Well I am not that knowledgeable about DSL modems, my best advice is to ask your internet provider what modem they would recommend. I do know that the speedstream routers and cable modem were horrible on a cable network. Your ISP will know what brand holds up the best & yes most modems have a lifespan of about 3 to 4 years at best.
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October 29, 2006 3:10:10 PM

My ISP, AT&T DSL, recommended the Speedstream 4100 when I spoke with them and when asked if any DSL modem would do, they replied that the 4100 was the most compatible with their systems so that was why they recommended it. Based on that I think I can use any DSL modem and just risk having a harder time to set it up. Anybody out there with AT&T DSL have experience on this? Will any modem work? I didn't ask them straight out if I should upgrade because I figured that they would say of course so they could make a sale regardless of whether I needed it or not.

Also my original question still stands, would changing to a newer modem increase my speeds? Remember when everyone was using 14.4 telephone modems? Then the 28.8's came out and in order to acheive the 28.8's speeds you had to upgrade your modem, and the same with 56k. You could not achieve 56k modem speeds with your old 14.4. Am I limiting myself by using a 6 year old modem or would upgrading have little affect on my up/down speeds? So what do you guys all think?
November 4, 2006 10:42:43 PM

Well, I'm partially wondering the same thing, although I can also partly clear something up here.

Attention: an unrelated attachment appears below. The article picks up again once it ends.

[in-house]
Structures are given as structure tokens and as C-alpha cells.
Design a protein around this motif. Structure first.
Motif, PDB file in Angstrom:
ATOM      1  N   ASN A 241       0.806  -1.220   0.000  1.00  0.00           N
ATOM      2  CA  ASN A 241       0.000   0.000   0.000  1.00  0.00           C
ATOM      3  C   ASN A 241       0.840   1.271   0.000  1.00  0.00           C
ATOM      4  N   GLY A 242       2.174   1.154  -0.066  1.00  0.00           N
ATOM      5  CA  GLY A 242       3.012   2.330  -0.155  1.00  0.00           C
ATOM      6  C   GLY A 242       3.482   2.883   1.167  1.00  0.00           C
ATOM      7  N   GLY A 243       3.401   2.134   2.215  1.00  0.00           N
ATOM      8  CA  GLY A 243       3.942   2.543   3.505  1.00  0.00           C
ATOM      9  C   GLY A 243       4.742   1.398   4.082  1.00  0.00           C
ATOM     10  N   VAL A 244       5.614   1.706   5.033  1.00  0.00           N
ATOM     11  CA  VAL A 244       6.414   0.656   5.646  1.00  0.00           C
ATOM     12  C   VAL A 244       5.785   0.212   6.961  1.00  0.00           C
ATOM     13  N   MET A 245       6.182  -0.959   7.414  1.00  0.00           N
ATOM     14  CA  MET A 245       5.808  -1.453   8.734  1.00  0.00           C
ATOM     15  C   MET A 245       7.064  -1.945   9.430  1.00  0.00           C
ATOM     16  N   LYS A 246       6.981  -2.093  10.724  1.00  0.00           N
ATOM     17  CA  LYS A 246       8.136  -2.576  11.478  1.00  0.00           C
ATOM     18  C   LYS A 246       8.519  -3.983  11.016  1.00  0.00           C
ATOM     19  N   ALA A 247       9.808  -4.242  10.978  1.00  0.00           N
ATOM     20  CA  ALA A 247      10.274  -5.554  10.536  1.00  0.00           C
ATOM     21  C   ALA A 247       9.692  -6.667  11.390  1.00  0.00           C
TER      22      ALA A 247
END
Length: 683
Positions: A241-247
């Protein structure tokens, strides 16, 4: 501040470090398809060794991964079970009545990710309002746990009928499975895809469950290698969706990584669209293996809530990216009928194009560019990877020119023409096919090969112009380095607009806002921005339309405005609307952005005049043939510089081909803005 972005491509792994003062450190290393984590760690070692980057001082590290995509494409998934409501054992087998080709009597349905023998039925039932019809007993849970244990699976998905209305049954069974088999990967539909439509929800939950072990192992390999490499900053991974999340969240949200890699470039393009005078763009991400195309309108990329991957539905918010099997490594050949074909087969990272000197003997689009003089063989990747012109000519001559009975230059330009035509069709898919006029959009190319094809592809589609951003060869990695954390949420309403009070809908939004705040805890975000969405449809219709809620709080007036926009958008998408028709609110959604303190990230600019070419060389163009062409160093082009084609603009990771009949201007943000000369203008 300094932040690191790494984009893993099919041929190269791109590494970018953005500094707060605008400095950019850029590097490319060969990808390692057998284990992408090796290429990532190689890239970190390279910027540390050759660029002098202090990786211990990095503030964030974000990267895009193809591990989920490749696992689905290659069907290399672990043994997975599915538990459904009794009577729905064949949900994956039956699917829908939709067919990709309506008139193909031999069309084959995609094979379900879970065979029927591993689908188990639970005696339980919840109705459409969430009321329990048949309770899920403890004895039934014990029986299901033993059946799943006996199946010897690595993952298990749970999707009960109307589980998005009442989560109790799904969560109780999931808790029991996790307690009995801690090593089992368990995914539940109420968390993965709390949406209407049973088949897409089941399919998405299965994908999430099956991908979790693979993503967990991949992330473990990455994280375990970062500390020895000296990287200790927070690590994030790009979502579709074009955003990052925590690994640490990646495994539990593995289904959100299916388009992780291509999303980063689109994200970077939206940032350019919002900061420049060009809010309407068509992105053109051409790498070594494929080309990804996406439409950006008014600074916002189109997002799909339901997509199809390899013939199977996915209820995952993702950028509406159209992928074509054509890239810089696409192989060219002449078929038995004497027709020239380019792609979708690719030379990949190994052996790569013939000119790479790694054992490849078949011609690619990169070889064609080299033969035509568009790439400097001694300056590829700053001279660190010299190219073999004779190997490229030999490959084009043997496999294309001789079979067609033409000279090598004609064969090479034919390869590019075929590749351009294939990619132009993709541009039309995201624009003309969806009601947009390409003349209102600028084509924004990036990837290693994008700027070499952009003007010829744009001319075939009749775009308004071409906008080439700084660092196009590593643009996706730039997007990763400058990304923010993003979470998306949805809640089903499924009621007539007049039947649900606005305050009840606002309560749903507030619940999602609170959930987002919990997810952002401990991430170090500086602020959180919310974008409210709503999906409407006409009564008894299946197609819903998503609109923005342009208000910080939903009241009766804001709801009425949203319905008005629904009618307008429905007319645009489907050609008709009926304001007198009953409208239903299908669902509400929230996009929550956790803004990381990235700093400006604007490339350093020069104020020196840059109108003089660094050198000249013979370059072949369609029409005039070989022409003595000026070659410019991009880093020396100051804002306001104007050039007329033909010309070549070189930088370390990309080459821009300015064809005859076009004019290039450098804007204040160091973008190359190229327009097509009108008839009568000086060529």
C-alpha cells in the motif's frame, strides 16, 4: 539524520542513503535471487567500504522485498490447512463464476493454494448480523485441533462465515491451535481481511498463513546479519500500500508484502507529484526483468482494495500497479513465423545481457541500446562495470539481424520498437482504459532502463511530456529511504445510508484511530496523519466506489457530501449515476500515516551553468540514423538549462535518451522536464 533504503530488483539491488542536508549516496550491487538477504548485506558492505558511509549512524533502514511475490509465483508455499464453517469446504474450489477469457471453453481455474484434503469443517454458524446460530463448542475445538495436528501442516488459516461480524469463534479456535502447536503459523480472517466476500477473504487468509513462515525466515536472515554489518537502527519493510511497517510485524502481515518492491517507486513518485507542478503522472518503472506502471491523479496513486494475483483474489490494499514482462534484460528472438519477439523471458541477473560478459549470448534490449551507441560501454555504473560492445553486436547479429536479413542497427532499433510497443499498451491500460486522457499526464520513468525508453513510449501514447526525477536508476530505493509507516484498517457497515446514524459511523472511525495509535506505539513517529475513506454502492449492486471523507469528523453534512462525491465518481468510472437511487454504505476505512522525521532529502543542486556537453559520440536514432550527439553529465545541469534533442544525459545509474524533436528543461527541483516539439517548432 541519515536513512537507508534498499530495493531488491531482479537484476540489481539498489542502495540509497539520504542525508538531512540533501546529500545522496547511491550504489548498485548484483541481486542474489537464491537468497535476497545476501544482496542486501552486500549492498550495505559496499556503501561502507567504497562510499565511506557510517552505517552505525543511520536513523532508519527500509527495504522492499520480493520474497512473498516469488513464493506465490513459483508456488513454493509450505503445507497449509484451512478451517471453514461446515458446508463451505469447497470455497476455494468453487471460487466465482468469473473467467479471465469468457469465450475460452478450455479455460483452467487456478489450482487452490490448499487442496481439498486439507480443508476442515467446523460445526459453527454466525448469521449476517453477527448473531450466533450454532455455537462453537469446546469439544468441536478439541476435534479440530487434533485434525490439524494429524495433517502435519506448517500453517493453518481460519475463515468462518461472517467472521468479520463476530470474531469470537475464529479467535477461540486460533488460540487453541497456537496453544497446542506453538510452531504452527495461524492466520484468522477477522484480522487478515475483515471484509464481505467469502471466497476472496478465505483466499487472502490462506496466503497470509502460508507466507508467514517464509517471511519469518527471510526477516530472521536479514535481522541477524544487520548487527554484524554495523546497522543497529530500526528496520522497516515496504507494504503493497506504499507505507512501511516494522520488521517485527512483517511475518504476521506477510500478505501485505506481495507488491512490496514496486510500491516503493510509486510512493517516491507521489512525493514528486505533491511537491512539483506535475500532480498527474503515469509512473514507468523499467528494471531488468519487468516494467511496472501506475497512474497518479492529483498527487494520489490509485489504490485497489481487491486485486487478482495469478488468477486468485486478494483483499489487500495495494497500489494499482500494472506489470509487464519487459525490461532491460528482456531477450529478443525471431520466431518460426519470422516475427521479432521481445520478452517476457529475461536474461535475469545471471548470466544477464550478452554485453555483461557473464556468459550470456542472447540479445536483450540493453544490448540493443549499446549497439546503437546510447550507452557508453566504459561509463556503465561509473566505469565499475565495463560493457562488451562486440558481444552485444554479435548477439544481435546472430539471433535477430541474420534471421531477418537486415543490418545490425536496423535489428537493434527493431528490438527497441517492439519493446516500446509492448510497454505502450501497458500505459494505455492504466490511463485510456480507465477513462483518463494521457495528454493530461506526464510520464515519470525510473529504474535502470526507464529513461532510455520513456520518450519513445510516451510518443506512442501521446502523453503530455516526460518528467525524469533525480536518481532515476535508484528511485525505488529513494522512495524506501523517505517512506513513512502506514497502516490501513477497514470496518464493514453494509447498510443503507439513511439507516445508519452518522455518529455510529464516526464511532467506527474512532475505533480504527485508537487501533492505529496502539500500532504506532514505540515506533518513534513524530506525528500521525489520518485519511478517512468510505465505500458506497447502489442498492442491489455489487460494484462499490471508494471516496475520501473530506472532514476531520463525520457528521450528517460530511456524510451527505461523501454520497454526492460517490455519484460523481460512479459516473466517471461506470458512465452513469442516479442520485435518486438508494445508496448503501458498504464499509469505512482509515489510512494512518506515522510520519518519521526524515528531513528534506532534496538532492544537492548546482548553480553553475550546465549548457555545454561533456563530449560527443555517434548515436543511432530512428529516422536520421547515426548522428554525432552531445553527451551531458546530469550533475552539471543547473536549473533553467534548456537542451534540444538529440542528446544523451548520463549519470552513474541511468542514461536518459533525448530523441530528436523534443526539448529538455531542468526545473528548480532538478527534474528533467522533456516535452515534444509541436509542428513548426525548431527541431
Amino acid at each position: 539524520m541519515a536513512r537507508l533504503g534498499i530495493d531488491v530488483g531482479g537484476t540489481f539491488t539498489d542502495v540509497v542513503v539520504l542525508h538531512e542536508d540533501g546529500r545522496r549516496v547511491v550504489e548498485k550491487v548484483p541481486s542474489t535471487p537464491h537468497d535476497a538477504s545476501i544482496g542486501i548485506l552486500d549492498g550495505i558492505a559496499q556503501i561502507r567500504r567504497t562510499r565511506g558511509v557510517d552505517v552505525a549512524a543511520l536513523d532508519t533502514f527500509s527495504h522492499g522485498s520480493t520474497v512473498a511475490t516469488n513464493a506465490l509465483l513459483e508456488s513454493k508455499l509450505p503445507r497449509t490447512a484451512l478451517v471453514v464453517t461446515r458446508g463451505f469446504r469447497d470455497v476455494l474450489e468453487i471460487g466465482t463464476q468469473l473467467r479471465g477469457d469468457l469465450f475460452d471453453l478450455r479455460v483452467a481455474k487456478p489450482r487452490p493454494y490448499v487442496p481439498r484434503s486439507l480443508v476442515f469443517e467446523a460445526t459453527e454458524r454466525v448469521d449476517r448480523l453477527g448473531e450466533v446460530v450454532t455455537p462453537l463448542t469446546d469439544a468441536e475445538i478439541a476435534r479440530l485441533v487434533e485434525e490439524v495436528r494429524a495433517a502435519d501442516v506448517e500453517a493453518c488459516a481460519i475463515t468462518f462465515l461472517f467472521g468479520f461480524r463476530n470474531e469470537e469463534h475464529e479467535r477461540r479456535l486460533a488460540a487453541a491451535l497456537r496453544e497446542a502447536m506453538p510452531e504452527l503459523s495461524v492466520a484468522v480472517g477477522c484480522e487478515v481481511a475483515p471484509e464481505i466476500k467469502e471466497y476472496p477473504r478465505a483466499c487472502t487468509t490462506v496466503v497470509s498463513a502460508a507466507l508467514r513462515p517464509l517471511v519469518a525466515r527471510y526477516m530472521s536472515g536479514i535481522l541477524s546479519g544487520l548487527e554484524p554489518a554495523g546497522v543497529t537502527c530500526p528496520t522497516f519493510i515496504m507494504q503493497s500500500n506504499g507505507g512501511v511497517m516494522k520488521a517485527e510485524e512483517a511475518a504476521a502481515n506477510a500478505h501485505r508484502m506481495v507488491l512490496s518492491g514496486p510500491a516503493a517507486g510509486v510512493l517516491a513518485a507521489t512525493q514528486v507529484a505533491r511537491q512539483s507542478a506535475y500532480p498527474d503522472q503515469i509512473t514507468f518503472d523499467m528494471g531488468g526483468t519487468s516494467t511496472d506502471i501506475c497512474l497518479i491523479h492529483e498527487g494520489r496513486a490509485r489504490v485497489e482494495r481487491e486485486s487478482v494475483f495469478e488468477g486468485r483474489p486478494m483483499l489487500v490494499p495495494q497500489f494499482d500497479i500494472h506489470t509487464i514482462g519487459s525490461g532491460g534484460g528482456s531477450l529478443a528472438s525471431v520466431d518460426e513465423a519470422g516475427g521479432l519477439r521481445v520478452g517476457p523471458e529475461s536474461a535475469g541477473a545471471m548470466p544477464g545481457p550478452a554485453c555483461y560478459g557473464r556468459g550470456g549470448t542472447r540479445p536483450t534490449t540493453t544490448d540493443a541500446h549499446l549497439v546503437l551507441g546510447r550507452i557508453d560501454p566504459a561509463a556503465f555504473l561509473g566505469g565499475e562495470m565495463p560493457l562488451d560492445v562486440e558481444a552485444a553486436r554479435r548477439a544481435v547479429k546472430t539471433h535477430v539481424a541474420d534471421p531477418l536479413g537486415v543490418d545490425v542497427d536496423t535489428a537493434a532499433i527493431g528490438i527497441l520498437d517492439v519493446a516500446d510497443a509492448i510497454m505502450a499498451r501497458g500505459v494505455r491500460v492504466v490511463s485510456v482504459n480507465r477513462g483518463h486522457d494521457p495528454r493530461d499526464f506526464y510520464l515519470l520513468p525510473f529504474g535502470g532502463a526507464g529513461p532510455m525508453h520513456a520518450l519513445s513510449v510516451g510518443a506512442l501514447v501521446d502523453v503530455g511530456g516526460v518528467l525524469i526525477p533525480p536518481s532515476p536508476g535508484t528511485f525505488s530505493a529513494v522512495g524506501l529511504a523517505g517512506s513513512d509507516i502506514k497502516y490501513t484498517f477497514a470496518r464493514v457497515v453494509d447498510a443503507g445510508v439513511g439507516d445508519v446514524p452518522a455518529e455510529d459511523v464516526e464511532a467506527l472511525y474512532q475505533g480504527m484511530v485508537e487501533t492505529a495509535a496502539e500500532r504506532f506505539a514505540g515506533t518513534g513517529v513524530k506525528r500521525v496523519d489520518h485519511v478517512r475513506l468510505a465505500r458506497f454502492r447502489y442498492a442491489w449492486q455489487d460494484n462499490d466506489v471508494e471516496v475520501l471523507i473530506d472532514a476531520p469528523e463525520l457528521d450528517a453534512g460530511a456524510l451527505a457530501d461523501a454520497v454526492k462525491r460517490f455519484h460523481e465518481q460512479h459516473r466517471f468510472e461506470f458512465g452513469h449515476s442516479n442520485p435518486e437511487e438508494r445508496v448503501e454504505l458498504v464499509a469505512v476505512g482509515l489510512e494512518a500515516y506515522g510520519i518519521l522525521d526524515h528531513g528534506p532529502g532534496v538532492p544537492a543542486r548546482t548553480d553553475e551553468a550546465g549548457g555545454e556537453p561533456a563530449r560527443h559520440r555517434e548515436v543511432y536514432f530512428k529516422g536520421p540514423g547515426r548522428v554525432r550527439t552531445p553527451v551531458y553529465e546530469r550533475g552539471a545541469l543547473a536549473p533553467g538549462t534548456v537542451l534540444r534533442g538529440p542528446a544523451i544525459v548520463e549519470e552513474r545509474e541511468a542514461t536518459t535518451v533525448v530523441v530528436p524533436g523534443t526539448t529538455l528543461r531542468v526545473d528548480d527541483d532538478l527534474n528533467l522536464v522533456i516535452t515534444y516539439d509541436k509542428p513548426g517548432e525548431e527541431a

You make reference to the old analog modems and their different speed ratings as motivation for the idea of needing to purchase a new DSL modem - The way you can determine if this actually matters if by firstly looking up what your DSL modem's rated maximum speed is (it'll have a rated downstream and upstream max), but in almost all cases this will be listed at the standard ADSL max (8mbps down, 1mbps up) or better for ADSL2/etc... compatible modems. If, however, your modem's max rated speed is LOWER than the connection you are paying for from your DSL provider, you most definitely need to upgrade to be making the most of your connection.

Now, if that is NOT the case and your modem is supposed to be able to handle the throughput of your connection, then what you would want to do (if it's possible with your modem) is to access the modem's manager interface, either through a null modem port on the back, a telnet command line, or a web-based interface, and to check the negotiated upstream and downstream rates. These should, if your connection is set up correctly, be either equal to or greater than the connection you're paying for in an ideal situation. If you can't access this interface, you'll have to make do with some online speed tests and looking up what people are normally able to get with your ISP and your plan.

If it seems your modem is not negotiating a connection at your rated speed, then ONE of the things that can cause this is an old or cheap modem. There are, however, a bunch of other factors that can contribute to this such as wire quality, use of microfilters instead of a single POTS splitter, distance from the local exchange, etc... but if you are not negotiating at your rated speed and you're using an old modem, then I would think that switching to a good-quality modern modem might help you out in that respect.

Personally, I'm using a very old 3com adsl modem that is rated to the proper 8mbps/1mbps, but i'm not always able to negotiate at my full rated speed (3mbps/1mbps) depending on line fluctuations or interference - and I'm thinking that in this case upgrading the modem could make a difference. Can anybody else substantiate these thoughts, and if yes - suggest a very high quality ADSL modem to replace it with?